The most common question I hear from beginners trying to use a compressor is:

…but nothing is happening! I don’t know what all these numbers mean. I tried all the sliders but nothing is working….

Sounds familiar?

Listen to the demo. Follow along in your own project. The best way to learn is to do!

download the mp3. If download doesn’t start do Ctrl Opt M and select save linked file.
Important: This demo assumes that you are comfortable using voiceover on mac. Few shortcuts are mentioned here. To navigate in the plugin standard Voiceover nabigation is used i.e Ctrl plus Option plus arrow keys. Reaper specific shortcuts are listed below.

Shortcuts and other notes:

Note that this demo is created on a Mac. For this specific plugin, the operation of the plugin interface is unnecessarily complicated compared to the same plugin on a windows machine. The numbers and parameter names are the same and the result will inevitably always be the same as long as all parameters are the same. Just keep this in mind. As I have no experience in using Reacomp with Reaper on Windows I am not able to explain the differences.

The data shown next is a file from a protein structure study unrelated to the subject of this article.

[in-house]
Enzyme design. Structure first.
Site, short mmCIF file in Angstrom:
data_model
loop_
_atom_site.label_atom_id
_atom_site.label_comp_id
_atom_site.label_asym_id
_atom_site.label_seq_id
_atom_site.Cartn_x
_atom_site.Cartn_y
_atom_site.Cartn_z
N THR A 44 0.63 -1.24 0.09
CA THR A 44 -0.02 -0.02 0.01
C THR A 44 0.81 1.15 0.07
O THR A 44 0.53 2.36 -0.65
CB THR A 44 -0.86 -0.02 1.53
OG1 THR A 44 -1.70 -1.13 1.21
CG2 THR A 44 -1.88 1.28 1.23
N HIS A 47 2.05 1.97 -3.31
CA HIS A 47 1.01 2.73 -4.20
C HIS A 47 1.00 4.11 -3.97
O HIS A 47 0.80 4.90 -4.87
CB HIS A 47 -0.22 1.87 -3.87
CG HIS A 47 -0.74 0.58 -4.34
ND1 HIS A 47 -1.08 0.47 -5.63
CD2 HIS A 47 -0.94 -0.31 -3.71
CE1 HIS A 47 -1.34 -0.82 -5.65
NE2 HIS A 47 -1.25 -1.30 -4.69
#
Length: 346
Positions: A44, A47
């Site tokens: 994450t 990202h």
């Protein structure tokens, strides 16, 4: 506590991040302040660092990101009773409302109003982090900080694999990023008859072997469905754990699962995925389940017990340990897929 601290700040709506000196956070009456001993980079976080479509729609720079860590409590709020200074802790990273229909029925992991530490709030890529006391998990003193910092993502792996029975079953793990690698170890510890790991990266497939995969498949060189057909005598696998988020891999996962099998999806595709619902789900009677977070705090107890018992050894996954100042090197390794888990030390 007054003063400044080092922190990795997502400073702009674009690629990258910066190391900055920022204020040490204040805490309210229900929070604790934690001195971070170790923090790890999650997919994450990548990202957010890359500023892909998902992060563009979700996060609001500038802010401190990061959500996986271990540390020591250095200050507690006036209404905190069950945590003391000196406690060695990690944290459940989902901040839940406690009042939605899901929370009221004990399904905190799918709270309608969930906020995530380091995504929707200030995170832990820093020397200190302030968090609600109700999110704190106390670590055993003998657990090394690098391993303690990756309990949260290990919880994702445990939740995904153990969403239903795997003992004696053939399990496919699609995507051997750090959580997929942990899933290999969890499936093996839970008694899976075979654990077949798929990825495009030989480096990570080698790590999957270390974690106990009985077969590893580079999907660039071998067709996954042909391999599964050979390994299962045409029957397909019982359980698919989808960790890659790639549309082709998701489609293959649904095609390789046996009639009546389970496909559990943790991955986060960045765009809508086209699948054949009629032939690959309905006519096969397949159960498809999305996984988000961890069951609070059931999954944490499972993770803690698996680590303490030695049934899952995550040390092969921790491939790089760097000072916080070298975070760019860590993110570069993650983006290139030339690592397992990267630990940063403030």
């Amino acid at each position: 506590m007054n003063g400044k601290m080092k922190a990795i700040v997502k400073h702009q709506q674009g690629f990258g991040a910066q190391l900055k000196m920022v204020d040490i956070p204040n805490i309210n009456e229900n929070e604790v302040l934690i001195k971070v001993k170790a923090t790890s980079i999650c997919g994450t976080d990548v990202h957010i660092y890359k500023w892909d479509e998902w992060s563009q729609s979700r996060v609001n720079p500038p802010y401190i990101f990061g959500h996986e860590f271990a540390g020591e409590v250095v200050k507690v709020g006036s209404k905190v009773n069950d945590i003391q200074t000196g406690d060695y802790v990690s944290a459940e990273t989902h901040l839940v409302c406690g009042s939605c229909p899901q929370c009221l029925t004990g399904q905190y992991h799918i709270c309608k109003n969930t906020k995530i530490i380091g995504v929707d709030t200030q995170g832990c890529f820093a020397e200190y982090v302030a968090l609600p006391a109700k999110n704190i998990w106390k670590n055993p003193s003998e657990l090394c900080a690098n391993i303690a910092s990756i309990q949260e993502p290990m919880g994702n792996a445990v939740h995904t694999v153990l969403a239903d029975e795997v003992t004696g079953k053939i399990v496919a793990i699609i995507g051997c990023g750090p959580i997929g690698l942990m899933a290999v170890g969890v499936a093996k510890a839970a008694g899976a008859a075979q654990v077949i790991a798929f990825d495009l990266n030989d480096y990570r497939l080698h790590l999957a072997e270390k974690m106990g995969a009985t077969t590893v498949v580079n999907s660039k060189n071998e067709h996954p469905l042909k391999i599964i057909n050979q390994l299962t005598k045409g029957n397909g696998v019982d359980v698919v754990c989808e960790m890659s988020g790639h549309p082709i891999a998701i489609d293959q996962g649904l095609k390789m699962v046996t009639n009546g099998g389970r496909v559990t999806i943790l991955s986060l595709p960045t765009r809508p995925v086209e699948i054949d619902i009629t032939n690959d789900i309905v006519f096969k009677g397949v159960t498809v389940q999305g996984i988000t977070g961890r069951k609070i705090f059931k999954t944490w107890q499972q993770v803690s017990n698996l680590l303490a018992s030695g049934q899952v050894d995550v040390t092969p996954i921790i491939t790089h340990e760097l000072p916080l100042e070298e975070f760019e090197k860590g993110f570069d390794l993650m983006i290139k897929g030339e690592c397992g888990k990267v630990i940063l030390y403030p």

Shortcuts and actions:
Delta mode is not mapped to a shortcut by default. I recommend you do that. F4, type “delta”, hit the add button and add a hotkey of your choosing.
When in the track list:
P opens the parameter list.
If there are multiple plugins on a track, P first shows the list of plugins. Select one and hit enter to open the parameter list for that specific plugin.
B bypasses all plugins on the selected track.
F opens the ad plugin dialog for the selected track.
If there are plugins on the track already, F opens the plugin list, also called the FX chain., for that track.
When in theFX chain:
Shift command B bypasses the selected plugin.
F2 renames it, Delete removes it.
You can copy and paste plugins within the current track’s FX chain or even between tracks. .